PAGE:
Motor Insurance tips

Many people find the insurance aspect of securing their vehicle against theft, loss or damage overwhelming as there are so many variations of cover and costs available.  “Without the financial experience of what insurance is all about, a D-I-Y approach is challenging when trying to figure out why the quotes you receive vary so radically in premium price, what’s covered and more crucially what is not covered, what the terms and conditions of the cover are, if any exclusions exist and why, and how much your excess will be – the cash sum you are liable for upfront if and when you need to claim,” explains Mandy Barrett of insurance brokerage Aon South Africa.

It’s one of the reasons why getting independent and impartial advice from a professional broker is the very best financial decision you can make to ensure that your car and any extras are properly insured, and that you won’t face any nasty surprises should you need to claim.  “The true value of broker really comes to bear when you have a complex claim or a dispute with an insurer,” says Mandy.  “A professional broker will intervene on your behalf to handle the claims negotiations and ensure you get a fair settlement.”

Aon provides some invaluable tips that will help you when assessing your motor insurance:


  • Do the insurance research before you buy a vehicle

This may affect your choice of vehicle in the end when one looks at things like affordability, service costs, parts availability, required security measures and crime stats.  There are so many aspects that affect your motor insurance, ranging from the make and model of the vehicle, through to the cost of parts and availability, whether you need car hire in the event of an accident, what the vehicle is utilised for, your driver profile and age and even your credit rating.  Be aware of the type of security precautions you will need, such as a tracking device as you need to factor the ongoing subscription cost into your monthly expenses.  With all this to consider, it can be a minefield trying to navigate the terms of your motor insurance agreement without the insights of an experienced eye.


  • Personal Liability

Besides the obvious cover for accident damage and theft, your motor insurance also provides you with personal liability protection which is embedded in your policy. Personal liability is like having an umbrella on a cloudy day. You might not need it, but in a sudden heavy downpour, you’ll be grateful you have it.  This cover protects you against a third party suing you in your personal capacity for financial loss, physical injury or death.

In the event of an accident, a passenger or any other party affected by the accident could sue you for negligence or intent, and here the legal defence costs and settlement could run into millions of Rands. Although the Road Accident Fund (RAF) exists for people injured in a road accident and is the typical route many people will take, the fund has certain limitations.  There is nothing stopping a third party from coming after you for compensation, especially where they can prove trauma or emotional shock (not covered under the RAF) as a result of witnessing an accident where someone was killed or severely injured, and you were party to it.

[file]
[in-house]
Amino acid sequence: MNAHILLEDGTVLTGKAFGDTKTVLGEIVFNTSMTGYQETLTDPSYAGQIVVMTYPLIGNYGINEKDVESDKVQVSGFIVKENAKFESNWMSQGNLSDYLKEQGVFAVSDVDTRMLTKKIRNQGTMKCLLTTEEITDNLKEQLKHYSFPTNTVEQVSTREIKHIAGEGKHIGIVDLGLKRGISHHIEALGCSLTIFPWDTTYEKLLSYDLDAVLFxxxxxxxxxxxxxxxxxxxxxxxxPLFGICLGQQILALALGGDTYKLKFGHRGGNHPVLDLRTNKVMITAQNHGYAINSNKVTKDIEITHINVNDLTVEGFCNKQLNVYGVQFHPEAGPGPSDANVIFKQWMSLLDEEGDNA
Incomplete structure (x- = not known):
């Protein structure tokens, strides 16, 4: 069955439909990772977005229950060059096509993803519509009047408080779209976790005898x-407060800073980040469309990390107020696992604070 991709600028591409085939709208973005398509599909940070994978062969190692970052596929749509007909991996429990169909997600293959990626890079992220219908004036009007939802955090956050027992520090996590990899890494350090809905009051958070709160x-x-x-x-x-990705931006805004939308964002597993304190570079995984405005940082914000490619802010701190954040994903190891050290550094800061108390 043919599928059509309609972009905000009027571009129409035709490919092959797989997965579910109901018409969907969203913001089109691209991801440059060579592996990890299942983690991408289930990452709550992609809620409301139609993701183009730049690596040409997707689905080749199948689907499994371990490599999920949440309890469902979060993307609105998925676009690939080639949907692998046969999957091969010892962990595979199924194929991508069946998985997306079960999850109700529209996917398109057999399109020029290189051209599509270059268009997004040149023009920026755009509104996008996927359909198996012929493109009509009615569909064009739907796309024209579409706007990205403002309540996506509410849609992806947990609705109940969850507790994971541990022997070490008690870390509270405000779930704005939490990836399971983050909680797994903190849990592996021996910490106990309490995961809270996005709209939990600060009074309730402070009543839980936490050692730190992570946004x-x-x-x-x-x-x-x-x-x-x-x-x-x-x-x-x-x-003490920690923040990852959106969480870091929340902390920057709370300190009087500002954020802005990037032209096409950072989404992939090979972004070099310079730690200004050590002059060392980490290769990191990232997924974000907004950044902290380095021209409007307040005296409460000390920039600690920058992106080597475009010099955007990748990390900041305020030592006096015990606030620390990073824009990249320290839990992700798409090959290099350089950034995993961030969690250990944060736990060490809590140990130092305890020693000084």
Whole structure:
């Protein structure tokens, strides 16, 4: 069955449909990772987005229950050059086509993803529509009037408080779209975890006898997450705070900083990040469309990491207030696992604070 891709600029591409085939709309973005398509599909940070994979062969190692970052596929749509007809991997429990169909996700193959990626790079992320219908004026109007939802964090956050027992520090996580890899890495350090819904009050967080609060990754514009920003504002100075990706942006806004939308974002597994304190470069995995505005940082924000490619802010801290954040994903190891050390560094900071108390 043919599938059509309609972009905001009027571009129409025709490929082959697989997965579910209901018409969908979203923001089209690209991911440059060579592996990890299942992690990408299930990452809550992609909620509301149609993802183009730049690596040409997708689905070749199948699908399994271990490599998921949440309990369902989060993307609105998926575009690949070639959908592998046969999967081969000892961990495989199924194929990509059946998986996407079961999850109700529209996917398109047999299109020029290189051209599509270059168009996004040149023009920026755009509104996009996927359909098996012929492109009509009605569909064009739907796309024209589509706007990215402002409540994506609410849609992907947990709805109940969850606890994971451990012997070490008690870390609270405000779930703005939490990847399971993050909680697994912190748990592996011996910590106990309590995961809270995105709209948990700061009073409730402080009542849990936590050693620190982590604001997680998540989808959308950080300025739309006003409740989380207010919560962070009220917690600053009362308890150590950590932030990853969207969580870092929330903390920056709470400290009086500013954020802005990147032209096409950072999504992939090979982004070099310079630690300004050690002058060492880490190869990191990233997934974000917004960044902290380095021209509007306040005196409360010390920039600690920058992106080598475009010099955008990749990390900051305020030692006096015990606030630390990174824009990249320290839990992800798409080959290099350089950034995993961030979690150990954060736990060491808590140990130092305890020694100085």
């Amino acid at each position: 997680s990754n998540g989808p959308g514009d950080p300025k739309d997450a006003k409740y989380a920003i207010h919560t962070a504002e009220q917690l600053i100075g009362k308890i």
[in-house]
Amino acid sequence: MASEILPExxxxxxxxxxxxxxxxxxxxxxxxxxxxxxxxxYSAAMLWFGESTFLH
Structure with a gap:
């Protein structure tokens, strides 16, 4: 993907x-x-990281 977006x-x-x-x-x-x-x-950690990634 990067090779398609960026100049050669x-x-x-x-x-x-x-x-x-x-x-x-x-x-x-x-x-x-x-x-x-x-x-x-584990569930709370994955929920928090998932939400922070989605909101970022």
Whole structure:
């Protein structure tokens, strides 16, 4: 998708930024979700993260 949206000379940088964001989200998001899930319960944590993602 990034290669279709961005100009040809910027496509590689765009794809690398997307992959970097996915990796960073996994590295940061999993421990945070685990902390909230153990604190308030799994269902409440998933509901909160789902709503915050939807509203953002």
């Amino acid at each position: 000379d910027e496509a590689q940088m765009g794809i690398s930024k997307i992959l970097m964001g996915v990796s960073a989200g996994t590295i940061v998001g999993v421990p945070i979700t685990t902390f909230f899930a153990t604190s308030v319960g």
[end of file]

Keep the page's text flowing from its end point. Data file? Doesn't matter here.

• Don’t assume you are covered for everything

Certain events are not always automatically covered on a standard motor vehicle insurance agreement to bring down costs, and such covers may need to be purchased at an additional premium – typically items such as scratch and dent cover, tyre cover, hail damage cover and so on.  Finding out that hail cover was excluded on your policy after a Gauteng hailstorm has done a swiss-cheese number on your car can prove financially devastating.

Likewise, remember to specify any add-ons to your vehicle that are not standard features on the vehicle such as alloy mag wheels or a specific sound system, nudge bars and side steps, a GPS navigator and additional lights.  These all add additional value to the vehicle and need to be accounted for in your sum insured. If they are not specified, they won’t be covered.

“You really want to know and understand the detail of what you are covered for before claims time.  This is why when it comes to shopping for insurance, there’s really no beating the help and guidance of a professional insurance broker by your side to protect your best interests, point out all the important aspects of your cover, ringfence any exclusions or conditions and highlight what the general market trends are.  It’s unlikely to be the most riveting thing you’ve done, but getting a handle on your risks and how your insurance cover will respond in a claims scenario is likely to be one of the most financially important exercises you’ll do this year,” concludes Mandy.


Source: Cover – Mandy Barrett